Forming and nurturing good relationships between a company and its customer base is the one of the most vital and effective actions a company can take to ensure their success. Promotional engagement of a company or brand is an effective marketing strategy as it directly engages consumers; the consumers can see their in-put from the changes the company has adopted and a relationship between the consumer and company will be developed through this engagement. An example of a company that has begun to change its image through engagement marketing, by listening to their consumers and implementing the changes they have suggested is Ryanair.
Ryanair, the budget airline, has seen its net income double in the second quarter of 2014, rising to £156m. Their chief financial officer Howard Miller has put this down to improvements in customer service. The previously reviled airline company, seems to be turning its image around and attracting new customers that would have previously shunned the company. Within a year Ryanair saw their number of passengers increase by 3% up to 81.7 million. They have put this mostly down to improving customer experience and enhancing their service through many small changes. These include:
- Allocating seats
- Simpler website design
- Free 2nd carry on
- ‘Quiet flights’
- 24 hour grace period for booking errors to be corrected
- Reduced boarding card and bag fees
- A new service for group bookings and corporate travellers
- Families can receive discounts
These are initiatives from the ‘Always Getting Better‘ programme which is hoped to keep increasing the number of Ryanair passengers and expand their customer base to encompass corporate travel and business customers. So maybe good customer service really is all it takes to be successful. Ryanair was previously known for its extremely cheap flights but terrible customer service (there are many horror stories circulating about the service of the Ryanair airline and it was even been cited as the worst brand for customer service in 2013), but now it seems to be turning its image around, keeping its low cost flights and improving its other services to really compete with other budget airlines. Although, it may take some time to see how effective this customer service reform is in the long term on their image as a budget airline; there seems to be a lot of negativity to dispel first.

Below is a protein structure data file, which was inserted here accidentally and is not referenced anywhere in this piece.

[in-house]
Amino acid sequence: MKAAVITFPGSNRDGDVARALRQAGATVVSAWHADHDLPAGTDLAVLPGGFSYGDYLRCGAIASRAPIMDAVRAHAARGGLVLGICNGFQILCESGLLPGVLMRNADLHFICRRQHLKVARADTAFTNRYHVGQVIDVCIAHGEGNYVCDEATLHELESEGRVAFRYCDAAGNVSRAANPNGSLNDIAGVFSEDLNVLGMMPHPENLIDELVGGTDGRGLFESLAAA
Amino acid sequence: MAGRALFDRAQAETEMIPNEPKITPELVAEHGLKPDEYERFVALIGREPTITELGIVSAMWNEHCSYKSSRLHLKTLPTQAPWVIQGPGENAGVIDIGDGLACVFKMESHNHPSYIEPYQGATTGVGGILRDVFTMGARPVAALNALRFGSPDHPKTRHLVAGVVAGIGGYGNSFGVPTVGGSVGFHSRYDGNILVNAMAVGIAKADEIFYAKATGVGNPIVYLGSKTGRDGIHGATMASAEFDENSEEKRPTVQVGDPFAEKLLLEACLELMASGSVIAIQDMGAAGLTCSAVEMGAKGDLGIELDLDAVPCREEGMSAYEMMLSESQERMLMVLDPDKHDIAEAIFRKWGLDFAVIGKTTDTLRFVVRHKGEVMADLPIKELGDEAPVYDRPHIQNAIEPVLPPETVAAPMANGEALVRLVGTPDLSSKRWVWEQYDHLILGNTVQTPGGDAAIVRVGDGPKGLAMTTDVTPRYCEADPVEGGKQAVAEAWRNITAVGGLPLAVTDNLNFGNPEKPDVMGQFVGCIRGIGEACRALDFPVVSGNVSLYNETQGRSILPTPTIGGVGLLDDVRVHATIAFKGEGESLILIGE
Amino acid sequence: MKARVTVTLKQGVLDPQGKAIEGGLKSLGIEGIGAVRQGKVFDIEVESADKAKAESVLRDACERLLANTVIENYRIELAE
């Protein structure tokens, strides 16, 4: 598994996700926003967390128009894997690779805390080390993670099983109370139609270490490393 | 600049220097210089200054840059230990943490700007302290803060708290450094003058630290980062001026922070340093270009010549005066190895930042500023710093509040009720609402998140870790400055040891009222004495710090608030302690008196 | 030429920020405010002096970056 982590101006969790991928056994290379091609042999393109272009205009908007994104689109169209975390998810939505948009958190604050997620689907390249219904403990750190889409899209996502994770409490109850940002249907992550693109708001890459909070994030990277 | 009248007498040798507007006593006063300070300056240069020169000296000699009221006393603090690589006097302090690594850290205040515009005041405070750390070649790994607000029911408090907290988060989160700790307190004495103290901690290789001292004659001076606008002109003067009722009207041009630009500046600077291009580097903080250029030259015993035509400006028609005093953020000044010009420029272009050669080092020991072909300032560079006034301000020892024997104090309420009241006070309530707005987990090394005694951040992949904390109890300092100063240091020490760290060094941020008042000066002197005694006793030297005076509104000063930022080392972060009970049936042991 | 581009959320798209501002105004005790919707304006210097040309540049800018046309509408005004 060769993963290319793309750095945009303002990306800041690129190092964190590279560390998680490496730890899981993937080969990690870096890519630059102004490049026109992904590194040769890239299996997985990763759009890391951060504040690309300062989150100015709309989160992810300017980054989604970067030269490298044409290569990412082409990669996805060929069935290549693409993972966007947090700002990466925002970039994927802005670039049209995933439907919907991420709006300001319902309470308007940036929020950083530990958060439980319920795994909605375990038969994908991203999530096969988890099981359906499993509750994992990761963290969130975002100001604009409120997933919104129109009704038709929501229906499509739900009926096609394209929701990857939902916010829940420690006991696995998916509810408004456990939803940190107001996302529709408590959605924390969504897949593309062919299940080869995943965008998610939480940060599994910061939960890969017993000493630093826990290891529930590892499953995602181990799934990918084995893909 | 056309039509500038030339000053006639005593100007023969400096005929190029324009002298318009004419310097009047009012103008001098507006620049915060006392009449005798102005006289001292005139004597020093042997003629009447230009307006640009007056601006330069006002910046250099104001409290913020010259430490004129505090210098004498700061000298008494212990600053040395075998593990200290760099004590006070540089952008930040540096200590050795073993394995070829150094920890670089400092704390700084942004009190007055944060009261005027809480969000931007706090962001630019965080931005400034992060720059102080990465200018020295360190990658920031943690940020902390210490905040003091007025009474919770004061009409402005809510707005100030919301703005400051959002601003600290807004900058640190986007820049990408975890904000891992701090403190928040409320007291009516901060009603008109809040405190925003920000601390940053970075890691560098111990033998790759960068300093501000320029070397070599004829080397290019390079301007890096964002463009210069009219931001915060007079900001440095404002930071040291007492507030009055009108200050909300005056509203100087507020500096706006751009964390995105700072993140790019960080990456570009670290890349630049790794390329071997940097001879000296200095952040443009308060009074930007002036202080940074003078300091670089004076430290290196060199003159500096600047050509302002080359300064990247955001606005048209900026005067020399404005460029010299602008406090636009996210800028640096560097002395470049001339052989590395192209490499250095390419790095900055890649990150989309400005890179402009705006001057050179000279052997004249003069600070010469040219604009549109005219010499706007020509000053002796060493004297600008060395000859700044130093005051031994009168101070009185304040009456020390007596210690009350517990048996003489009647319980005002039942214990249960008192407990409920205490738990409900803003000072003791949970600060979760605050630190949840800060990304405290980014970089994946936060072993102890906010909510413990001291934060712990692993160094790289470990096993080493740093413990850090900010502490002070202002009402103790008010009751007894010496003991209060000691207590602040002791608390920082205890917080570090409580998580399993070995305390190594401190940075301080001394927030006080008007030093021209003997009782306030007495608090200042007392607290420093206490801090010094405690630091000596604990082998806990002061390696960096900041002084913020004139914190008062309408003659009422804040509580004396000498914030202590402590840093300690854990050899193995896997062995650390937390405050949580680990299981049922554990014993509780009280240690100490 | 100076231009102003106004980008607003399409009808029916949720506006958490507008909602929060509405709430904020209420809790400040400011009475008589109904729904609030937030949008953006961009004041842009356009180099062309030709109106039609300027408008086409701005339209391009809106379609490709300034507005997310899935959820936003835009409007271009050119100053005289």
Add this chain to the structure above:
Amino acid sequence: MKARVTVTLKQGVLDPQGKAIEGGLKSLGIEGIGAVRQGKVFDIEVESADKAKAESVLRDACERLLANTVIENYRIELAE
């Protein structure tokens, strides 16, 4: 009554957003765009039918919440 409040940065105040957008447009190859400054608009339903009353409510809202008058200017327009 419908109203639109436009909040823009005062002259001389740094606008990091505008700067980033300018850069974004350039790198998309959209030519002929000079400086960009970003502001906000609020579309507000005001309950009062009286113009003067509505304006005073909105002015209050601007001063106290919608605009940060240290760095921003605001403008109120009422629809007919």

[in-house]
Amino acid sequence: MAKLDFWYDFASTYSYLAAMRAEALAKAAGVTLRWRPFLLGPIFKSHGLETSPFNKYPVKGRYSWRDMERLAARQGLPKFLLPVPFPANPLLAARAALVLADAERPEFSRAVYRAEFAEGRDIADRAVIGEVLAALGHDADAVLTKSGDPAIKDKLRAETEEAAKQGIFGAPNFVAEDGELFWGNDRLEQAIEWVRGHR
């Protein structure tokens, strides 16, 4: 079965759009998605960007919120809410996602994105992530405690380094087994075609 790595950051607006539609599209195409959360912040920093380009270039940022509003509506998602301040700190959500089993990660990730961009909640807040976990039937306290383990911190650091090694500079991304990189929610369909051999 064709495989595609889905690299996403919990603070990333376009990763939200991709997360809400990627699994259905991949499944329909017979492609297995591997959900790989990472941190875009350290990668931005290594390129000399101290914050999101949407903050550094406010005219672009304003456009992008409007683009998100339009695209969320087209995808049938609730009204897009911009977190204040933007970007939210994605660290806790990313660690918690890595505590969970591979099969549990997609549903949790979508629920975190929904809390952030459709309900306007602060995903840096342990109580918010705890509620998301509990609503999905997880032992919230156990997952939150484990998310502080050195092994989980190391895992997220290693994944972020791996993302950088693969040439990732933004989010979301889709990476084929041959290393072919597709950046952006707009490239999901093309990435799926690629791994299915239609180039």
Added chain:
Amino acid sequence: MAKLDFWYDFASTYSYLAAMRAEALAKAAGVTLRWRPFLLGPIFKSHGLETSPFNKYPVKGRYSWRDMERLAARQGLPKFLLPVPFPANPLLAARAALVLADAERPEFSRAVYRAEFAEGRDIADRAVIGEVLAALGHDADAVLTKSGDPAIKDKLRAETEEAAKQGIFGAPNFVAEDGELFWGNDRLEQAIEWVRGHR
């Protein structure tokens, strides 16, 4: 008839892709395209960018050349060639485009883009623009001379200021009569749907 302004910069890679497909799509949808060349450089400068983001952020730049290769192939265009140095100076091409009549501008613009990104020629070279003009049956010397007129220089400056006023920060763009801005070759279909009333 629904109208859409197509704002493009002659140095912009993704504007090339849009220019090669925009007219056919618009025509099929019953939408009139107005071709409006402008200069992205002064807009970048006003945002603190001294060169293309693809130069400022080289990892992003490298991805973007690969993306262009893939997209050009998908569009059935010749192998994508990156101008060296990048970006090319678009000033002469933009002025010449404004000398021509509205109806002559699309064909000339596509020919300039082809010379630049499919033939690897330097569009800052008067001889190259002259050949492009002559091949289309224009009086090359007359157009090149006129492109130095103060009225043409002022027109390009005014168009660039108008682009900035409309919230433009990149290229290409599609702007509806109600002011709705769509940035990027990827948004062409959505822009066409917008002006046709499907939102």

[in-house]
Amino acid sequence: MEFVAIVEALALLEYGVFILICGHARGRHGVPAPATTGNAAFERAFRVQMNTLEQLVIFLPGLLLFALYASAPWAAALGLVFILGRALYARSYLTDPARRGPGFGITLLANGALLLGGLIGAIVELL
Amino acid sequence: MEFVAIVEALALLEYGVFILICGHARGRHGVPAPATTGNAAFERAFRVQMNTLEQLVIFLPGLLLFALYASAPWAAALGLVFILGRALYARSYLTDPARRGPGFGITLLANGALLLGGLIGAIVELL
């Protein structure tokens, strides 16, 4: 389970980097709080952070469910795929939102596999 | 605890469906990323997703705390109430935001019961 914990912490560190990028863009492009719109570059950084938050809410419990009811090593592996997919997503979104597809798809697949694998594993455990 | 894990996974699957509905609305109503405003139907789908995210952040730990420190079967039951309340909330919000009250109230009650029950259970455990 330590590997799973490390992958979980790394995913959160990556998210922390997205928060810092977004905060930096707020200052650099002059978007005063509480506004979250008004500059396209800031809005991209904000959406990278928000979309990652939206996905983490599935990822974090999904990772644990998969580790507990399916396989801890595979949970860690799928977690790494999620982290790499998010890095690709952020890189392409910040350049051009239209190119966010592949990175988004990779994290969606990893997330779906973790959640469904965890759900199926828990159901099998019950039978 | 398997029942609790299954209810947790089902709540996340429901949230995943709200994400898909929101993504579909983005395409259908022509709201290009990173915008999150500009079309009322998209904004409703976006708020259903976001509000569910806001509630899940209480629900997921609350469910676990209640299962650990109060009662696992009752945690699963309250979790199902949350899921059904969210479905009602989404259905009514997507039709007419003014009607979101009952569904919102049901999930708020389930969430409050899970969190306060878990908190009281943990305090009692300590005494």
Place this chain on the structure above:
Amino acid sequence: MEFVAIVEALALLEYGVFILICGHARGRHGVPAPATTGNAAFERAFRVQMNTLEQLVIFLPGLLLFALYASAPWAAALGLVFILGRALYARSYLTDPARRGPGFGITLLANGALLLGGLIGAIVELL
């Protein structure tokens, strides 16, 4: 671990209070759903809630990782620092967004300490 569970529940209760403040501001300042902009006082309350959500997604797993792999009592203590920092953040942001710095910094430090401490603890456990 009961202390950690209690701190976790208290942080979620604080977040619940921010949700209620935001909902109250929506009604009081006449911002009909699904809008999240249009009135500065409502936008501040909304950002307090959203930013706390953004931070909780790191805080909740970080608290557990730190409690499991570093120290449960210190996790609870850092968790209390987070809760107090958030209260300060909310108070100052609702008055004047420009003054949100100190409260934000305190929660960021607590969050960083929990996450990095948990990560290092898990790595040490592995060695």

The QRi Team x
The future of Cars
As environmental awareness is taking hold of the world, with countries introducing road taxes and Eco-taxes on cities and countries, Eco-vehicles should be an attractive alternative to petrol and diesel fueled cars. This should be especially true in the biggest and most populated cities, (bad pollution in Beijing even led to the fabrication of stories about pollution being so bad that the sunrise was played on screens across the city just so that people know it is daytime, this was not true but it raised important issues about pollution in the city).
According to ChinaAuto, electric vehicle (EV) sales in China rose by 37.9% in 2013, leading to the assumption that people are becoming more Eco-friendly, wanting to take care of their environment. But the number of plug-in EV’s sold in China, barely scratches the surface of the total number of vehicles sold (of the 21.98 million new vehicle sales only 17,600 vehicles made were plug-in EV’s), and with the population booming across the world, these figures seem low.
Electric Car sales in Europe are currently quite strong looking at the percentages – but the actual sales are, as with China, relatively small, with only 38,617 sales of battery and plug-in hybrids. This is up from previous years, although not by much. Despite the exemption from road taxes and the good feeling people get when doing something good for the environment, sales of Eco-cars are surprisingly low. This may be due to a number of factors.
Firstly, most people would expect the cost of the car to be cheaper than their petrol and diesel counterparts, but this is not true, as they often cost up to twice as much, even after government subsidies in some countries.
Secondly, people have fears about how far an electric car can run before needing to be recharged, and also, worry about recharge time.